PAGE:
Ontario Renal Network | Reseau Renal de L'Ontario
 

Impact of Chronic Kidney Disease


 
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Ontario Renal Reporting System
Improving care and quality of life for CKD patients begins with understanding the disease’s impact. Since 2010, the Ontario Renal Network, in cooperation with Regional Renal Programs in Ontario, has been collecting comprehensive data across the province. The resulting database, known as the Ontario Renal Reporting System, guides our capacity planning, funding, system improvements and performance management. boxes

Impact of CKD in Ontario

Personal impact

Chronic kidney disease patients and their families may have to deal with significant physical discomfort, emotional stress, financial difficulties and major lifestyle changes.

CKD requires lifelong, intensive treatment. In the early stages, patients begin working with a team of physicians, nurses, dietitians, social workers and pharmacists to slow the progression of kidney failure through lifestyle changes and medication. Early detection is ideal, but CKD often goes undetected in its early stages. In 2014, about a quarter of new dialysis patients were “crash starts,” which means they went straight to dialysis without prior care (source: Ontario Renal Reporting System, 2014).

When the kidneys fail, options include renal replacement therapies such as dialysis or transplant, and/or palliative care. Patients can receive hemodialysis in a hospital, a community-based facility or at home. Peritoneal dialysis is normally performed at home.

Patients who can manage dialysis in their homes frequently report better quality of life and greater independence. As of June 2014, almost one quarter of dialysis patients in Ontario managed their care at home with the remainder receiving hemodialysis in a hospital or community facility.

almost 25% of patients use home dialysis

Many patients can benefit from dialysis support outside hospital clinics. For example, all Ontario Community Care Access Centres now offer some form of dialysis support, as do a small percentage of long-term care facilities.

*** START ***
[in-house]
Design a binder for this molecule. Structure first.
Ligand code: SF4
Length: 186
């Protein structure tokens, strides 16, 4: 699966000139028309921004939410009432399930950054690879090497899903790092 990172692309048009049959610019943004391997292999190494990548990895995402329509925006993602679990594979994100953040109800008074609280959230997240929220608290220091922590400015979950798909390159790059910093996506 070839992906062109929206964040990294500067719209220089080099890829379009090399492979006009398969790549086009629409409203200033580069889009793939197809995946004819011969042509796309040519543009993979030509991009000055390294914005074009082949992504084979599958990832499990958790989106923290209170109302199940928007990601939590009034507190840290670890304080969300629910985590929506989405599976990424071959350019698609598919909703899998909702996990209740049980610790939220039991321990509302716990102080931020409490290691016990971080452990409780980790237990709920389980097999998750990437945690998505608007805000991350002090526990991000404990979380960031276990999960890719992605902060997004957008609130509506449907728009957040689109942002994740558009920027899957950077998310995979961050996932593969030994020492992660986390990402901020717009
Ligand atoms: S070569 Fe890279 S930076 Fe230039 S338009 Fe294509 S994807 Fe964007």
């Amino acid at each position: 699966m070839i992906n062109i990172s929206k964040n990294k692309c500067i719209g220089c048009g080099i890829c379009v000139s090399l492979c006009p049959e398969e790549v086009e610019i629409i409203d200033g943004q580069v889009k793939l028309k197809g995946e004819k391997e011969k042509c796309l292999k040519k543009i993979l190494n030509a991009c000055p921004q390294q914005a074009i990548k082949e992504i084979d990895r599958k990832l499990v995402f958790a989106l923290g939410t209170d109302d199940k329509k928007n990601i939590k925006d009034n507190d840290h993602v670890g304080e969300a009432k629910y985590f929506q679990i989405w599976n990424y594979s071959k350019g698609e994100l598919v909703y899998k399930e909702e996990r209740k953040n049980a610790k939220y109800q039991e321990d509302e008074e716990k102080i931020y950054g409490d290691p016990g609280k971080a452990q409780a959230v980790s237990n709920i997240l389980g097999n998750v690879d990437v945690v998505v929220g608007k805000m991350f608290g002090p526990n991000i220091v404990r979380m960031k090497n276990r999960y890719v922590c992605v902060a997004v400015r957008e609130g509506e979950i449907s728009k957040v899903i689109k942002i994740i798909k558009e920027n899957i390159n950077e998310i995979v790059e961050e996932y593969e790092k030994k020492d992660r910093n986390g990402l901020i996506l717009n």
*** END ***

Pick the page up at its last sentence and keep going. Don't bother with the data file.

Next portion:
Kidney transplantation provides the best long-term outcome for patients with end-stage kidney disease. Kidney transplantation rates in Ontario, though, are relatively low.

In Ontario, Trillium Gift of Life Network maintains the transplant wait list.

  • Number of people deemed suitable for transplant as of 2013: 1,088
  • Median time to receive a kidney from a deceased donor: 4.2 years
  • Median time to receive a kidney from a living donor: 0.9 years
  • Total kidney transplants in 2013: 546
  • Total kidney transplants in 2004: 404

Living donations, which result in better outcomes, have not kept pace with deceased donations. Over the most recent 5-year period, the number of living donor transplants has fallen in Ontario.

Impact on Ontario’s healthcare system

About 12,000 people in Ontario have CKD requiring pre-dialysis care. An additional 10,500 Ontarians have advanced CKD, and require dialysis.

Dialysis has been on the rise for more than a decade. Changing demographics and increasing prevalence of risk factors means there is no abatement in sight:

  • Aging: CKD is more common in later in life. People aged 65 years and older now represent almost 15% of Ontario’s population, rising to one quarter by 2036.
  • Diabetes: In 2014, almost 10% of Ontarians had diabetes, putting them at higher risk for CKD. By 2024 diabetes rates will rise to 13%.
  • Hypertension: Ontario’s rate of hypertension is higher than the national average and rising. Hypertension is another important risk factor for CKD.
  • Aboriginal populations also have a rate of end-stage kidney disease that is triple that of non-Aboriginal communities.